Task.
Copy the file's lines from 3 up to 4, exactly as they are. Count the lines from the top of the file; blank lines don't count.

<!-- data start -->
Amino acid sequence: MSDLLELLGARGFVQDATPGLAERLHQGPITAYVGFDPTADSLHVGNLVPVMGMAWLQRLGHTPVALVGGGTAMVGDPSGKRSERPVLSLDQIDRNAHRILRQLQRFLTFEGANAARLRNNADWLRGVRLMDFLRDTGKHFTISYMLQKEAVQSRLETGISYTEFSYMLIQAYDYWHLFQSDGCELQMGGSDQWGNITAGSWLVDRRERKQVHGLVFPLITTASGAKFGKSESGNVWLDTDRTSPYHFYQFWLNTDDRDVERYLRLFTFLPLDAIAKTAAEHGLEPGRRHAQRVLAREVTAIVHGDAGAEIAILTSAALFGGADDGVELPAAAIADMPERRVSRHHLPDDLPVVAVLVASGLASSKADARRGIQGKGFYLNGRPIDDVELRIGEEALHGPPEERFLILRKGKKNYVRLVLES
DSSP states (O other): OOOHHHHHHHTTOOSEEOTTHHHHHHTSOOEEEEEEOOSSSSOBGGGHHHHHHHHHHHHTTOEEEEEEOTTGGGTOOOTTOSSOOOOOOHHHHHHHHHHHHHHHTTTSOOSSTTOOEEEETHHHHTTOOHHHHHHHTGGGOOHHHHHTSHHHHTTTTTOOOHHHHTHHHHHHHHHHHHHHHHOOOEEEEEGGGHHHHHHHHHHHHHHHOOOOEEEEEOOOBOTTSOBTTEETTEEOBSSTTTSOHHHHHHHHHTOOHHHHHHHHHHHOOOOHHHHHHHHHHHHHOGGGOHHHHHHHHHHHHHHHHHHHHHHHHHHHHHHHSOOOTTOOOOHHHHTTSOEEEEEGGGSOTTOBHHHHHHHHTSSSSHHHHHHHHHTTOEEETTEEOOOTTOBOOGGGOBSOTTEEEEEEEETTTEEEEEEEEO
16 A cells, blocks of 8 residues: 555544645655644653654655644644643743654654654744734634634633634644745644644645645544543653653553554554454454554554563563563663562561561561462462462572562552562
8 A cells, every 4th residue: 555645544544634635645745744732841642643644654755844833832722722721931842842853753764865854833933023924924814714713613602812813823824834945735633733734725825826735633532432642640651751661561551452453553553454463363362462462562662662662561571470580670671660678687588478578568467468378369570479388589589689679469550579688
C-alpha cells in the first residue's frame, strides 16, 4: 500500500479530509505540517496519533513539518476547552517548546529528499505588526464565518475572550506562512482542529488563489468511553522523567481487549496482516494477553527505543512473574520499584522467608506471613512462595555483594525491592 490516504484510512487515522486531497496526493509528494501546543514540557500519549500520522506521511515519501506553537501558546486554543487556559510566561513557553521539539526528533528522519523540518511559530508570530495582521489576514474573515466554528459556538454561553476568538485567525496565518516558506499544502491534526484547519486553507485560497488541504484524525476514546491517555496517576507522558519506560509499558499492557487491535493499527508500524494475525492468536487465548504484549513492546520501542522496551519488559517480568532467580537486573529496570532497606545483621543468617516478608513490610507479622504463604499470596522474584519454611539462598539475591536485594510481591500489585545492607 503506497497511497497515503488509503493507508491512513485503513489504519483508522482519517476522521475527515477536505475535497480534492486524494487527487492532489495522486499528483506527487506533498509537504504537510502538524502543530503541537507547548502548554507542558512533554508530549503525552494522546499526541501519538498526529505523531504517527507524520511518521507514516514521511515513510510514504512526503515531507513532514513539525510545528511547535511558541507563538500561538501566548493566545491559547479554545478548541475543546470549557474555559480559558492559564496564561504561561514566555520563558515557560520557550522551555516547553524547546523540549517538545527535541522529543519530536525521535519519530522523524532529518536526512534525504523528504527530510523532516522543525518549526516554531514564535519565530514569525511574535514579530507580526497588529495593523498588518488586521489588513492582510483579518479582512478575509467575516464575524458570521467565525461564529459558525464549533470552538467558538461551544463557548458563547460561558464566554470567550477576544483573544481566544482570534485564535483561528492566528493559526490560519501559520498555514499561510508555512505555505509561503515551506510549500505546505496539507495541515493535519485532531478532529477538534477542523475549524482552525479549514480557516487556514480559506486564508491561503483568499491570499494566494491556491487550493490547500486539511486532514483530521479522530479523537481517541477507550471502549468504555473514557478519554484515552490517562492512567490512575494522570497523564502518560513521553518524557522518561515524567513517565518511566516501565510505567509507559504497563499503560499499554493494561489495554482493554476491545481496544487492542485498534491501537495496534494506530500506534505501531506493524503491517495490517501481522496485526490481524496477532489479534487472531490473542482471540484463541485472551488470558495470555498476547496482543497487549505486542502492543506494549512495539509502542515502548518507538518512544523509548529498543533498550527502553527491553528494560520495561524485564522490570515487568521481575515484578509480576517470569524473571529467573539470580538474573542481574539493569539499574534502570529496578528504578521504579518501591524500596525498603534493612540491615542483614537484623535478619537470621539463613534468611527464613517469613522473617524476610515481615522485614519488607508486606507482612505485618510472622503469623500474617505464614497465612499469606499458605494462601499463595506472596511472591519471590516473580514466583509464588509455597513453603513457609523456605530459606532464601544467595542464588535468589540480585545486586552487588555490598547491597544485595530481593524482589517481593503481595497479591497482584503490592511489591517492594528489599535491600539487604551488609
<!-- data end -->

16 A cells, blocks of 8 residues: 555544645655644653654655644644643743654654654744734634634633634644745644644645645544543653653553554554454454554554563563563663562561561561462462462572562552562
8 A cells, every 4th residue: 555645544544634635645745744732841642643644654755844833832722722721931842842853753764865854833933023924924814714713613602812813823824834945735633733734725825826735633532432642640651751661561551452453553553454463363362462462562662662662561571470580670671660678687588478578568467468378369570479388589589689679469550579688